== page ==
The extension of the term to mean "any house that stands apart in its own grounds", as in the Anglo-Indian Dictionary of 1885, provides a nice comment, not only on the way in which, as part of the colonial process the term was appropriated by India's rulers but also, on the social, political and cultural reality of British residential habits in India.
After 1857 and the transfer of authority from the East India Company to the Crown, the number of Europeans increased, whether in the army, government service, commerce or the missions. In these years, the typical tripartite urban pattern of Cantonment, Civil Station and "Native City" became established, though more especially in northern India: the vast, but sparsely-populated cantonment was strategically located two or three miles from the densely packed "native city", with European officers housed in bungalows which, after 1857, were tiled rather than thatched as a precaution against incendiarism. Close by was the Civil Station where lived the District Magistrate, Civil Surgeon, Superintendant of Police and other Europeans. The rambling bungalows were each set in a walled compound of anything from two to ten acres.
The contrast, social, spatial and cultural, between the Civil Station and the Indian city was immense, and left an indelible mark on the Indian consciousness: "An unbridgeable chasm existed between (the Europeans) and the people [...] They lived in two different countries, Anglo-India and India, and the two never met. The one governed the other" (K.M. Pannikar, Asia and Western Dominance , 1965).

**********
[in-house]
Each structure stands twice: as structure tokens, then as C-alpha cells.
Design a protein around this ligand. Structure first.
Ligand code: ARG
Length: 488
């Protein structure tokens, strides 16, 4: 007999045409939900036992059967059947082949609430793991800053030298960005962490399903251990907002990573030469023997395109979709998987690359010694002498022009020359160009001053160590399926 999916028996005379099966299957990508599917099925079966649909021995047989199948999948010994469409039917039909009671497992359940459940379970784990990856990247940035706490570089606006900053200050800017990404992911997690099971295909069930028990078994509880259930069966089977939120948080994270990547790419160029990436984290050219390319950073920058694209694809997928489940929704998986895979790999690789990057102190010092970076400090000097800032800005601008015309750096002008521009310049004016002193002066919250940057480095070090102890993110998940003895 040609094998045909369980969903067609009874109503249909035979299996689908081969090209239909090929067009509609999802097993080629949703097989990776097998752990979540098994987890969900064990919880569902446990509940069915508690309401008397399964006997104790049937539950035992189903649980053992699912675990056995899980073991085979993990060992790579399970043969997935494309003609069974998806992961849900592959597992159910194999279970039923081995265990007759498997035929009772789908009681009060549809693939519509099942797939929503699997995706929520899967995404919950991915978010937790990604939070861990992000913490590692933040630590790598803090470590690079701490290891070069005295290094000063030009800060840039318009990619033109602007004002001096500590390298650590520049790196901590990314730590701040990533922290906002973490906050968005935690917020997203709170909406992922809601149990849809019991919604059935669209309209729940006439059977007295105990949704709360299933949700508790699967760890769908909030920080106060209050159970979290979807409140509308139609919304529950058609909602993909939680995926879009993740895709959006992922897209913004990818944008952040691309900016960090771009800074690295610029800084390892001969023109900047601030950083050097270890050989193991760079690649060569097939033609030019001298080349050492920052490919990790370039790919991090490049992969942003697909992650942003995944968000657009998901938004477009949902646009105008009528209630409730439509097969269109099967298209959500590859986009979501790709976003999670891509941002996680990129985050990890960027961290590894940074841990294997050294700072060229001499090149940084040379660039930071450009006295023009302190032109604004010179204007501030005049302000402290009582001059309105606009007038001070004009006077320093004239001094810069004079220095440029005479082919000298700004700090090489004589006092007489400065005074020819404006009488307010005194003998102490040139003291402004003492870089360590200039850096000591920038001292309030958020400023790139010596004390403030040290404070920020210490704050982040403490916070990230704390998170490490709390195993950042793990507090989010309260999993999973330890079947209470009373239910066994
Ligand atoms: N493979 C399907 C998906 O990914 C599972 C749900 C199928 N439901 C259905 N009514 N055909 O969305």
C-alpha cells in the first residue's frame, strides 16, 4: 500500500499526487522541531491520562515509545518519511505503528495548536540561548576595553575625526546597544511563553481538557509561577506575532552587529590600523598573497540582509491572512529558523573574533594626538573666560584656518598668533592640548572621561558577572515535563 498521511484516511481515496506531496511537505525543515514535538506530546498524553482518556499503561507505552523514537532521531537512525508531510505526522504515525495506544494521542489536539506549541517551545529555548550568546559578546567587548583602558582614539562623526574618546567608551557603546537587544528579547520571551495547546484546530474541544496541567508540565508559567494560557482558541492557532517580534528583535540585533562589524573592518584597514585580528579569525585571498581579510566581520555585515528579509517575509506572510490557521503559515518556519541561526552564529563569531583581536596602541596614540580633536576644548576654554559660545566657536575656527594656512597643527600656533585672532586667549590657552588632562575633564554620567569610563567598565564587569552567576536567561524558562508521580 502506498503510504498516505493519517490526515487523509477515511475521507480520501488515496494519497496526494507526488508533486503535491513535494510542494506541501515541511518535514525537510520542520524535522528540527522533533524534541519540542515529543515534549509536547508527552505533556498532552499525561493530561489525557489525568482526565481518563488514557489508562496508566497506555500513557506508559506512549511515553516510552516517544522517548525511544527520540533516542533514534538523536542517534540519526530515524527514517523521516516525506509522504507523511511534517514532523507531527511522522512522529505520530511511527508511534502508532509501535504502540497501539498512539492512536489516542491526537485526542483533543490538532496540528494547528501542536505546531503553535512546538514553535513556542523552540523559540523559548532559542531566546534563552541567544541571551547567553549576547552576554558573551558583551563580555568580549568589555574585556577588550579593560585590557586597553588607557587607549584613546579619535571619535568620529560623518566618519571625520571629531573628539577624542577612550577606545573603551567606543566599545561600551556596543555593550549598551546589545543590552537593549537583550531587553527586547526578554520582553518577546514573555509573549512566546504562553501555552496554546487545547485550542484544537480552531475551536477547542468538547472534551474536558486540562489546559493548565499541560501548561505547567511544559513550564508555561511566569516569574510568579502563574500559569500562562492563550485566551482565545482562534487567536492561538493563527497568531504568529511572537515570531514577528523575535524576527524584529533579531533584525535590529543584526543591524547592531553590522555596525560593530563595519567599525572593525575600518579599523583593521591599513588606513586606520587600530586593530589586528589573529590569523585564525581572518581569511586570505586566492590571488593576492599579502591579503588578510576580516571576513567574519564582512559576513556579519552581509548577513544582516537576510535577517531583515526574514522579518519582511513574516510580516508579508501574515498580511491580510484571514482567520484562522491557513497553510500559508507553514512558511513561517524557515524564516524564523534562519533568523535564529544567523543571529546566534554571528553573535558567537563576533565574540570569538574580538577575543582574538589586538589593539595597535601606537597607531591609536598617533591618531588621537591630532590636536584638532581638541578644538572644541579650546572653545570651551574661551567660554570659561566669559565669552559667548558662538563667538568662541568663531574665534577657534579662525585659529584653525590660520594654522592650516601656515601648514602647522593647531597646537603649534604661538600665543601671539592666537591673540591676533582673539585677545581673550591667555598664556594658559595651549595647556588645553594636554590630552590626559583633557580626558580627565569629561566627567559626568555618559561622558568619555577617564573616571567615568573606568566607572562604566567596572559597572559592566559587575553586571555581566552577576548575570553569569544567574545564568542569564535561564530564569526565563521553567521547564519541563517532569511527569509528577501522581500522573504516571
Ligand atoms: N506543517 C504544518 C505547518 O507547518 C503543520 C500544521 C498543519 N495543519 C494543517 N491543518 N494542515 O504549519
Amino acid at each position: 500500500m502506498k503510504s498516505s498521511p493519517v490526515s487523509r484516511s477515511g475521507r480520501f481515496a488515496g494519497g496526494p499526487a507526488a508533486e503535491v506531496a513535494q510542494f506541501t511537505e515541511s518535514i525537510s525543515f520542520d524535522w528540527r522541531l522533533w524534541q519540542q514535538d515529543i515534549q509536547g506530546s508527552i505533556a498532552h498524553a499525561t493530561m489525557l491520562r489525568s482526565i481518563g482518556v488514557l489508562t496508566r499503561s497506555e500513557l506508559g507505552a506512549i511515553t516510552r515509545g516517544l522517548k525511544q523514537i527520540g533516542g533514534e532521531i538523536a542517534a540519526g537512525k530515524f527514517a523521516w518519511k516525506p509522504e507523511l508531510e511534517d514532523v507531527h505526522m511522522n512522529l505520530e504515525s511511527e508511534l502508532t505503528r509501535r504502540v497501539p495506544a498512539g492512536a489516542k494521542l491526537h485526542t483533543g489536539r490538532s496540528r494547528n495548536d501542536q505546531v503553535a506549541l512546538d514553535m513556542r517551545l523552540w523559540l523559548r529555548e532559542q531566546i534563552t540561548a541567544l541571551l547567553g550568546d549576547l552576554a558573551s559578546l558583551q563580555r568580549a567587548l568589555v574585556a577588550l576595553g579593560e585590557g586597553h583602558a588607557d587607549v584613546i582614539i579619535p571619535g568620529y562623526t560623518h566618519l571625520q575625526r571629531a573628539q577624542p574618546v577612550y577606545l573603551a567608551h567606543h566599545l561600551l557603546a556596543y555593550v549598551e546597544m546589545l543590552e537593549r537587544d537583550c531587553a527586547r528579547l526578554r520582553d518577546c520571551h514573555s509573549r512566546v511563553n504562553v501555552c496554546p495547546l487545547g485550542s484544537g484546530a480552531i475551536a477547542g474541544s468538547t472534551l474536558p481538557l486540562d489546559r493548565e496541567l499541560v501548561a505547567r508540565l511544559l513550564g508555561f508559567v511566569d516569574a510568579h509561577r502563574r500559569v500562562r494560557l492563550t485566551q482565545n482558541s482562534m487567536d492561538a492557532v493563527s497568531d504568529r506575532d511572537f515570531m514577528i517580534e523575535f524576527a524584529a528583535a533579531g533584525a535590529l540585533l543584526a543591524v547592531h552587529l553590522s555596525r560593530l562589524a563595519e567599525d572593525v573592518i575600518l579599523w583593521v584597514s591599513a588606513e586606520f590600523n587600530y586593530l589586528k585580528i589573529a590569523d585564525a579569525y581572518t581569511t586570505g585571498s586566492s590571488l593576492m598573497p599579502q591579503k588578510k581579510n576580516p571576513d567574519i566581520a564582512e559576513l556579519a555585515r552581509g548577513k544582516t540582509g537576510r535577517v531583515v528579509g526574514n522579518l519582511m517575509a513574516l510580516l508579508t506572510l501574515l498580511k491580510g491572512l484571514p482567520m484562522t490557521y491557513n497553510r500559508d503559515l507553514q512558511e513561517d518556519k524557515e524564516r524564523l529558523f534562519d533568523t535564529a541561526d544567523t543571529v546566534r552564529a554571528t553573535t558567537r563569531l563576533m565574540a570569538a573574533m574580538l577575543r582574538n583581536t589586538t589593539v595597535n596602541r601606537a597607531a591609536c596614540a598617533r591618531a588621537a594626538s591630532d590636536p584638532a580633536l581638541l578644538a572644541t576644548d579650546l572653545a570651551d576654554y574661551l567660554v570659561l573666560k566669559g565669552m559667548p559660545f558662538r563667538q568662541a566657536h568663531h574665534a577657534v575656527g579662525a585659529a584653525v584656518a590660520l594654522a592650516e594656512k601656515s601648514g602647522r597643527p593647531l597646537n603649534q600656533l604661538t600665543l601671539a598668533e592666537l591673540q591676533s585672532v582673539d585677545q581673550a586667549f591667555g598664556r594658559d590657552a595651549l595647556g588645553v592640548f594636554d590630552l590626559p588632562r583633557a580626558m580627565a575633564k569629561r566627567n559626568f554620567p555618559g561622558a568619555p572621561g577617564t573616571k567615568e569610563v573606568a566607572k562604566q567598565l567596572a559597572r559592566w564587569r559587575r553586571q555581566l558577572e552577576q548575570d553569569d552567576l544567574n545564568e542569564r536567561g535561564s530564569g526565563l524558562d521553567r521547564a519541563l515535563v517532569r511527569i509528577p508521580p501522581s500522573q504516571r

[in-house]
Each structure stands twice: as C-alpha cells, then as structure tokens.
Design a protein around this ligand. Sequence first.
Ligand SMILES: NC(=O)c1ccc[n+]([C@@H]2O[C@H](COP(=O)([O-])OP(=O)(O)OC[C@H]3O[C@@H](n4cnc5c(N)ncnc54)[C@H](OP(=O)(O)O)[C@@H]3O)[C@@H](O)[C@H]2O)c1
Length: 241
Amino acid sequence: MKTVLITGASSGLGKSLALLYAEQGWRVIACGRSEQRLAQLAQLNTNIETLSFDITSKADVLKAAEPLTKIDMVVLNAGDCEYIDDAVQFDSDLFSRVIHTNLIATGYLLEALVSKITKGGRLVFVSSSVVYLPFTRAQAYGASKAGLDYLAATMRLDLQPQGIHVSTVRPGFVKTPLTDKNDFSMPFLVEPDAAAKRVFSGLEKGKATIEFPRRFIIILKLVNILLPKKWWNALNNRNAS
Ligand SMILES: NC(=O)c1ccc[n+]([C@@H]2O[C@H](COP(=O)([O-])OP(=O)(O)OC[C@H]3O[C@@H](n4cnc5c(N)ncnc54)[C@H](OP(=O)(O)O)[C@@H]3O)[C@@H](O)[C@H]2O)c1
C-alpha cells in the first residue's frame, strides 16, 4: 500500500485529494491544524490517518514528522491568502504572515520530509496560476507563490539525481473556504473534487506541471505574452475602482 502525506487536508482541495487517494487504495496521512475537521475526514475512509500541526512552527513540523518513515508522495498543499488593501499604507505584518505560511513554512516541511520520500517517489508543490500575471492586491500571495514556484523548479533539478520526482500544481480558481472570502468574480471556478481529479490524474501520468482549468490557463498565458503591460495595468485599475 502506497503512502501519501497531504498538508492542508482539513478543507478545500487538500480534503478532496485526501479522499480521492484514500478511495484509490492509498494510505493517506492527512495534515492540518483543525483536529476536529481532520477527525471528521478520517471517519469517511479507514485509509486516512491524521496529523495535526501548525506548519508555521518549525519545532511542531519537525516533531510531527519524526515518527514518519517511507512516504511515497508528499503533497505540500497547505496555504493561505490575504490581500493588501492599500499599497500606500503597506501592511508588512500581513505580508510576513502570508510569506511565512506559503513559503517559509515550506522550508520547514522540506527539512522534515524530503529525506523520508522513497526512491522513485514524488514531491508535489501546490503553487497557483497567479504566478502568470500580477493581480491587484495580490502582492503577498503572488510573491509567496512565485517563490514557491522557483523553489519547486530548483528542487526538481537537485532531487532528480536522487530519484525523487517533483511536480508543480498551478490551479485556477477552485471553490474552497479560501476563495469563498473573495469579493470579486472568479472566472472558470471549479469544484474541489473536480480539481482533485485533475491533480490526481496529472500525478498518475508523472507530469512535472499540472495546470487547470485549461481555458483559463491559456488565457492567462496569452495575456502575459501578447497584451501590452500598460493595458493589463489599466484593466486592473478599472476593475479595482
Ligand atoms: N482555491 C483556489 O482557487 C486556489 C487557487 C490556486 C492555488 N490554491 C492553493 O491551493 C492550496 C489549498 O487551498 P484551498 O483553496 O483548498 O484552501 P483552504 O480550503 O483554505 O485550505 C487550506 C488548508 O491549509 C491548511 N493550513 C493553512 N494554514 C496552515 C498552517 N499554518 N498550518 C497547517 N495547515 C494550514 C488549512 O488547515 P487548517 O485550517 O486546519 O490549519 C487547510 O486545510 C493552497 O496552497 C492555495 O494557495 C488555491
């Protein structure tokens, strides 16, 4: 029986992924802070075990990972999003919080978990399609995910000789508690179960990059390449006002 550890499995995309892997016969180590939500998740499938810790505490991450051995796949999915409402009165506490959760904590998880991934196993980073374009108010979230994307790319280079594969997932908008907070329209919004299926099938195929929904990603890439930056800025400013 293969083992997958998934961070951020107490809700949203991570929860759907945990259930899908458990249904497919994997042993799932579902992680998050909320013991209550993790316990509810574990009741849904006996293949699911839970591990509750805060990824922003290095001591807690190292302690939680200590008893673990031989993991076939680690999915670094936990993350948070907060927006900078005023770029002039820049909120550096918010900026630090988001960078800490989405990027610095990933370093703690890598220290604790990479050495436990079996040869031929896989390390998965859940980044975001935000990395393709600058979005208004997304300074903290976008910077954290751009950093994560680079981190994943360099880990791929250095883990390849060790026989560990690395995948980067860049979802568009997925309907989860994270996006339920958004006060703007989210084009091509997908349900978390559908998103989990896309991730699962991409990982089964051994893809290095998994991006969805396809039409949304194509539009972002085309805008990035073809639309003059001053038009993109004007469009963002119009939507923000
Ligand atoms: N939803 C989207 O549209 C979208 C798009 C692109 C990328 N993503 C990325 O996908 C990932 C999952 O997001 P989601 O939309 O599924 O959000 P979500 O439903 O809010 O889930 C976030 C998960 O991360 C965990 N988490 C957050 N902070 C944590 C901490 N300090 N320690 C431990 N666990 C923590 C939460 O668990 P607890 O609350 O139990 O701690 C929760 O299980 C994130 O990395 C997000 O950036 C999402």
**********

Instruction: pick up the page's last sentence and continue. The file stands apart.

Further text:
The isolated bungalow and compound resulted from many factors other than the obvious political one: a concern with health and a belief in the aerial transmission of disease; the transfer of social and cultural expectations about middle class family life, with separate rooms for separate functions and space for material goods; of ideas about privacy and a garden that provided "views" from the verandah. In a hierarchical and status-conscious society, the size was an expression of rank; but space, and the servants needed to service it, was also compensation for spending one's life abroad. During the long hot summers, the bungalow "on the plains" was exchanged for a cooler one "in the hills".